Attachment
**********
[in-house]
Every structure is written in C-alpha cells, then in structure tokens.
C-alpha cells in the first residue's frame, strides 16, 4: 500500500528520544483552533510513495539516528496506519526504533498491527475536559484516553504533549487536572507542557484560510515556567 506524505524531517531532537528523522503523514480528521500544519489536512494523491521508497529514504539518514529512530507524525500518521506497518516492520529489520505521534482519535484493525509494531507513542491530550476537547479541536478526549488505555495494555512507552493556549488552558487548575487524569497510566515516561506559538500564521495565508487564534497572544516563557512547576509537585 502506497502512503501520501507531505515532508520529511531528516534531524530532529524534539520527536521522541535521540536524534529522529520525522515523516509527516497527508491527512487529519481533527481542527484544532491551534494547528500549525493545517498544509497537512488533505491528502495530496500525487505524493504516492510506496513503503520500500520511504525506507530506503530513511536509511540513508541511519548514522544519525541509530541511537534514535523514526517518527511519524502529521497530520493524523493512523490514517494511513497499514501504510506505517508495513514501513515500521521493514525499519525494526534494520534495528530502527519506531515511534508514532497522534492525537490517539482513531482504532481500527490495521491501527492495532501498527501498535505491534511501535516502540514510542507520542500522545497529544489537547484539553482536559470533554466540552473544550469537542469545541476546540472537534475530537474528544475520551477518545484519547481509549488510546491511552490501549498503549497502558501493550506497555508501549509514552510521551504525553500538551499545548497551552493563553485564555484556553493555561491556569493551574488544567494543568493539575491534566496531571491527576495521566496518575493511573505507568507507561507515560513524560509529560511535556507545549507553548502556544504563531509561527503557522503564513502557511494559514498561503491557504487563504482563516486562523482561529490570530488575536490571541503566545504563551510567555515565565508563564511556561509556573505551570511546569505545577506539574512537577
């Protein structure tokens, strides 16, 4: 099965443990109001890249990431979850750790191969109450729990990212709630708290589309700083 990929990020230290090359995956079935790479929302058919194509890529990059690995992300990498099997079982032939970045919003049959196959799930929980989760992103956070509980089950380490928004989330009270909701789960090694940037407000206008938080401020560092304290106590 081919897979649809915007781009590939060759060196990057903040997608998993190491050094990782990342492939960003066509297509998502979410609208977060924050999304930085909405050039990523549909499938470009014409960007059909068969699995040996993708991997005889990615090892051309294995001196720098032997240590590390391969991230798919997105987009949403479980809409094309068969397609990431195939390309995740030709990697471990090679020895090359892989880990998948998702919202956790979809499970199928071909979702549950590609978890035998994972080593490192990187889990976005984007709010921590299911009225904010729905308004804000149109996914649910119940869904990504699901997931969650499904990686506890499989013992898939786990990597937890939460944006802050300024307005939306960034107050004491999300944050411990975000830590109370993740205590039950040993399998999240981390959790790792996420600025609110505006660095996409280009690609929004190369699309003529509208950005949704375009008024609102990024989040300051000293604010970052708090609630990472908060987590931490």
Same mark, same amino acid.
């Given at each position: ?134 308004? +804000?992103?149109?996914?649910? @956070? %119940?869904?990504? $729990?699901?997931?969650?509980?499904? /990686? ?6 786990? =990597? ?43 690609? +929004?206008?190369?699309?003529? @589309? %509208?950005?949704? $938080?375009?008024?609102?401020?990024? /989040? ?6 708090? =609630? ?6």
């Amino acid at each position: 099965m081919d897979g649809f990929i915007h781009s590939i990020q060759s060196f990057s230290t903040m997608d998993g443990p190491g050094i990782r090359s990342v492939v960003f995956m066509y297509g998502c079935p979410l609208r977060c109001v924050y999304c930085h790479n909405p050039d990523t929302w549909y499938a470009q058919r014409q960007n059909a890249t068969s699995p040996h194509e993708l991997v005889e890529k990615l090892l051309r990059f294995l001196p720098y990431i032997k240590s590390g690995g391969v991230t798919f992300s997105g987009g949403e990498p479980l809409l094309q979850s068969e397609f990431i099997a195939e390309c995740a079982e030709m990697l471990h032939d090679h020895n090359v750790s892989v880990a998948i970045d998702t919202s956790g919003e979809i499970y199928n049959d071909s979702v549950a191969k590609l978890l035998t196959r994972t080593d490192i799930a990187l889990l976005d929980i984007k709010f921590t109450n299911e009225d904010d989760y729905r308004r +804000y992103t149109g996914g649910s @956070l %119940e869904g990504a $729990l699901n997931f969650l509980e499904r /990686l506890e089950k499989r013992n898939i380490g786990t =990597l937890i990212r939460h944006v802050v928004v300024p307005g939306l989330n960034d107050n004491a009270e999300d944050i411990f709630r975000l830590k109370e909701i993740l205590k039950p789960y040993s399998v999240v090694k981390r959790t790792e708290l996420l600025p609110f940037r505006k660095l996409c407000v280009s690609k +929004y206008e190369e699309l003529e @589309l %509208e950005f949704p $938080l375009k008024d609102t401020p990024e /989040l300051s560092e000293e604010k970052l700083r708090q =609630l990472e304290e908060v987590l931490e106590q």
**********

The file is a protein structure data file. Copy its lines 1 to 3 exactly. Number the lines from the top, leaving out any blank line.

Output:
[in-house]
Every structure is written in C-alpha cells, then in structure tokens.
C-alpha cells in the first residue's frame, strides 16, 4: 500500500528520544483552533510513495539516528496506519526504533498491527475536559484516553504533549487536572507542557484560510515556567 506524505524531517531532537528523522503523514480528521500544519489536512494523491521508497529514504539518514529512530507524525500518521506497518516492520529489520505521534482519535484493525509494531507513542491530550476537547479541536478526549488505555495494555512507552493556549488552558487548575487524569497510566515516561506559538500564521495565508487564534497572544516563557512547576509537585 502506497502512503501520501507531505515532508520529511531528516534531524530532529524534539520527536521522541535521540536524534529522529520525522515523516509527516497527508491527512487529519481533527481542527484544532491551534494547528500549525493545517498544509497537512488533505491528502495530496500525487505524493504516492510506496513503503520500500520511504525506507530506503530513511536509511540513508541511519548514522544519525541509530541511537534514535523514526517518527511519524502529521497530520493524523493512523490514517494511513497499514501504510506505517508495513514501513515500521521493514525499519525494526534494520534495528530502527519506531515511534508514532497522534492525537490517539482513531482504532481500527490495521491501527492495532501498527501498535505491534511501535516502540514510542507520542500522545497529544489537547484539553482536559470533554466540552473544550469537542469545541476546540472537534475530537474528544475520551477518545484519547481509549488510546491511552490501549498503549497502558501493550506497555508501549509514552510521551504525553500538551499545548497551552493563553485564555484556553493555561491556569493551574488544567494543568493539575491534566496531571491527576495521566496518575493511573505507568507507561507515560513524560509529560511535556507545549507553548502556544504563531509561527503557522503564513502557511494559514498561503491557504487563504482563516486562523482561529490570530488575536490571541503566545504563551510567555515565565508563564511556561509556573505551570511546569505545577506539574512537577